Isobelle Carmody Reviews: Darkfall, Book One in the Legendsong Trilogy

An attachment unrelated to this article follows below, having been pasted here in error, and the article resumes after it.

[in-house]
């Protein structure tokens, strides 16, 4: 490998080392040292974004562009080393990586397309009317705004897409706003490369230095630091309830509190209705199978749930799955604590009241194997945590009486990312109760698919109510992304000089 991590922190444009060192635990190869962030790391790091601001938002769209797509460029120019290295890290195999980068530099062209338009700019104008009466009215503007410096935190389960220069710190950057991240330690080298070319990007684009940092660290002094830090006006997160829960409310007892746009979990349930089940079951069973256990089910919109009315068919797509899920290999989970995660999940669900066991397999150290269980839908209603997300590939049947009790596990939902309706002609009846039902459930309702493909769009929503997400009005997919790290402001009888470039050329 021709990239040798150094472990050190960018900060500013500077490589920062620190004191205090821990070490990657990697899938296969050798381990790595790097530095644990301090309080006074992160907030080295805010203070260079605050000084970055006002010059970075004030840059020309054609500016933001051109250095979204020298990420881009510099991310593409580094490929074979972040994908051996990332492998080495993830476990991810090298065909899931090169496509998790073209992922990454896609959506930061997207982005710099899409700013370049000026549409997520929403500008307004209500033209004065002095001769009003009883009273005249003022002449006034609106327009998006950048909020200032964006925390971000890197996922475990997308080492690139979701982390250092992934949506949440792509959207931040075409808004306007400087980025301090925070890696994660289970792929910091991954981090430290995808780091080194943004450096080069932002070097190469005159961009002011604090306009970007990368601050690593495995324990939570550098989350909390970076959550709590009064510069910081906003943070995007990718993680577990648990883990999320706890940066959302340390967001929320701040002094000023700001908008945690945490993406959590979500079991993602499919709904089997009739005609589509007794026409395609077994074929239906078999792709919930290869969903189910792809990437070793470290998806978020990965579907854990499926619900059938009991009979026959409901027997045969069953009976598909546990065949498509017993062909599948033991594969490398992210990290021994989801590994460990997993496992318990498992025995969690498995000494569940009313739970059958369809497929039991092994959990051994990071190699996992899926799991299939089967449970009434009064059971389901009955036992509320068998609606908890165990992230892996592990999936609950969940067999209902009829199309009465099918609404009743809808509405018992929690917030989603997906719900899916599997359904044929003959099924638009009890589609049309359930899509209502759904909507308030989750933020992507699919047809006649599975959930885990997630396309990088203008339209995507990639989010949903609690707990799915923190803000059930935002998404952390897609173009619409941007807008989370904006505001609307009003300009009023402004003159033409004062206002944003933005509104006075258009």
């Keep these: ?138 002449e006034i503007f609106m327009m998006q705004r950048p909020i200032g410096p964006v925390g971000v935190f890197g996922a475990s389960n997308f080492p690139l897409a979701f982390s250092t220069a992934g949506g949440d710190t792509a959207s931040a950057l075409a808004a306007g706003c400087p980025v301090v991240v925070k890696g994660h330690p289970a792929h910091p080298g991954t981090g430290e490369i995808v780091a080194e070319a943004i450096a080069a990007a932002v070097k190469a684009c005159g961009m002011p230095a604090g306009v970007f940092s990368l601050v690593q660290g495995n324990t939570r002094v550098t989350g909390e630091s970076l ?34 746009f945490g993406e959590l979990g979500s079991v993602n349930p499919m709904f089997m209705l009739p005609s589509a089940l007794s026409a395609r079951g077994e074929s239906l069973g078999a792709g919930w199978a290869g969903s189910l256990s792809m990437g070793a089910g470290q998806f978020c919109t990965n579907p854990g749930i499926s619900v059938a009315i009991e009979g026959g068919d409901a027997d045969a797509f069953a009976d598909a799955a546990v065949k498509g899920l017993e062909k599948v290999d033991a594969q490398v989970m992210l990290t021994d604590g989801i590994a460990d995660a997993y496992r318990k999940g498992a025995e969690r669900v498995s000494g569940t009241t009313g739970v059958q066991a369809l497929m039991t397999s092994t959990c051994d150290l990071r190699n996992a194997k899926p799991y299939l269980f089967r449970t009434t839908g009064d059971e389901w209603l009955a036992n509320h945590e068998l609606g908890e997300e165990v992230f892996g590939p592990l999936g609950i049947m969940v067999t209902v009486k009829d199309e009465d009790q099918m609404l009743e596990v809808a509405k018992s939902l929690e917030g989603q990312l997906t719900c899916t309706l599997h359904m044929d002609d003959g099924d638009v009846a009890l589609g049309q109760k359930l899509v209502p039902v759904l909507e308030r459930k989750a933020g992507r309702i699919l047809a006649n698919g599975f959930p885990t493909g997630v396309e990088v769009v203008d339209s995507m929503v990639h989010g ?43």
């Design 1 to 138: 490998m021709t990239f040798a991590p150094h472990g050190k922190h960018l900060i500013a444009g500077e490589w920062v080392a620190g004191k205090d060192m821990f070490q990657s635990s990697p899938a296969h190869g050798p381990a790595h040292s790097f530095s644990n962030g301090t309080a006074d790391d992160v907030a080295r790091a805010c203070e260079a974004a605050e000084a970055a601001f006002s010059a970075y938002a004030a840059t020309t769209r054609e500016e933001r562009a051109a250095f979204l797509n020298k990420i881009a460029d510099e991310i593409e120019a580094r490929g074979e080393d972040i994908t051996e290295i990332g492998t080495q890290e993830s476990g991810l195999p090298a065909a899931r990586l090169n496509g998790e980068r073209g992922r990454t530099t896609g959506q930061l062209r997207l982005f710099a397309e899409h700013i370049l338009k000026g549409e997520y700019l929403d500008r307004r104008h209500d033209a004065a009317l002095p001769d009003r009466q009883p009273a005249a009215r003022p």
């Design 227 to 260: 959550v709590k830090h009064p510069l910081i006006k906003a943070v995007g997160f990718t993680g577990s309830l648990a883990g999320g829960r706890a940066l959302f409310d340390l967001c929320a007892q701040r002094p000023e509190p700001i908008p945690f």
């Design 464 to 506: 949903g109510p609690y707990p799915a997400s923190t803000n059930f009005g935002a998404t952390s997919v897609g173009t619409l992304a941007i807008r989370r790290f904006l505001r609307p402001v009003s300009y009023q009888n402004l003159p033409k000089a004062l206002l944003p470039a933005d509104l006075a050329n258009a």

Review by Fate. Back to all Isobelle Carmody Book Reviews [hr][/hr] DarkfallA moonlit swim, an ancient prophecy: two triggers that begin Isobelle Carmody's 1997 novel Darkfall, and the series of events that befall Australian twins Glynn and Ember Flanders as they are each swept out of their world and into another. In this spellbinding first novel of the Legendsong Saga, Carmody has created a fantastical parallel world rife with all the politics and legend of our own. The twins’ story begins as they are both whisked through a portal in the ocean and into the world of Keltor; a place where all stories began with the Legendsong, a written history detailing the existence of two tragic heroes, Lanalor and Shenavyre. This story, told through the ages, speaks of an ‘Unraveller’, a savior who will free the Unykorn, the pure and Firstmade creature, from the capture of the Chaos spirit. DarkfallHowever, the story of Glynn and Ember takes a much more complicated route. Glynn, recovering from the unexpected suicide of her beloved martial arts instructor, is saved from drowning and taken to a place where men walk the winds and stones carry visions of the future. Ember, gifted with exceptional musical abilities, is dying of an inoperable brain tumour. Discovered by a soulweaver, a woman votive to the isle of Darkfall, a region fallen out of favour by the diplomatically scandalous, she learns of those who can ascertain truth from prophecy. From the tunnels of Acantha to the Holder’s, or ruler’s, household on the island of Ramidan, the sisters find their way across Keltor and are embroiled amongst players in a worldly battle, including the Chaos-worshipping cult of the Draaka and the Robin Hood-like figure of someone known only as the Shadowman. Whilst the storyline can often take complicated political and mysteriously interconnected turns, the characters Carmody weaves give continuous insight for the reader. Glynn's physical and emotional strength intensifies the action; whereas Ember's emotional withdrawal from the world, and her own self, offer a counter in perspective. Two very different chains of events occur on Keltor, told through each twin's unique disposition. Amongst the narrative have been placed 'segue' sections, connecting characters on Earth to those in Keltor; sometimes without apparent links. As Darkfall progresses the significance of these observations, by a detached 'watcher', become points of reflection, revealing the effect on a central event on seemingly minor onlookers. The sad beauty of Carmody's tale is what creates Darkfall. A clock seems to tick on in the background, both for the deteriorating Ember, the purposeful Glynn, and for the reader who can observe, much like the watcher, and segue between characters; essentially embarking on two journeys through the Void and into another world that might not be too dissimilar from our own. [hr][/hr] Back to all Isobelle Carmody Book Reviews

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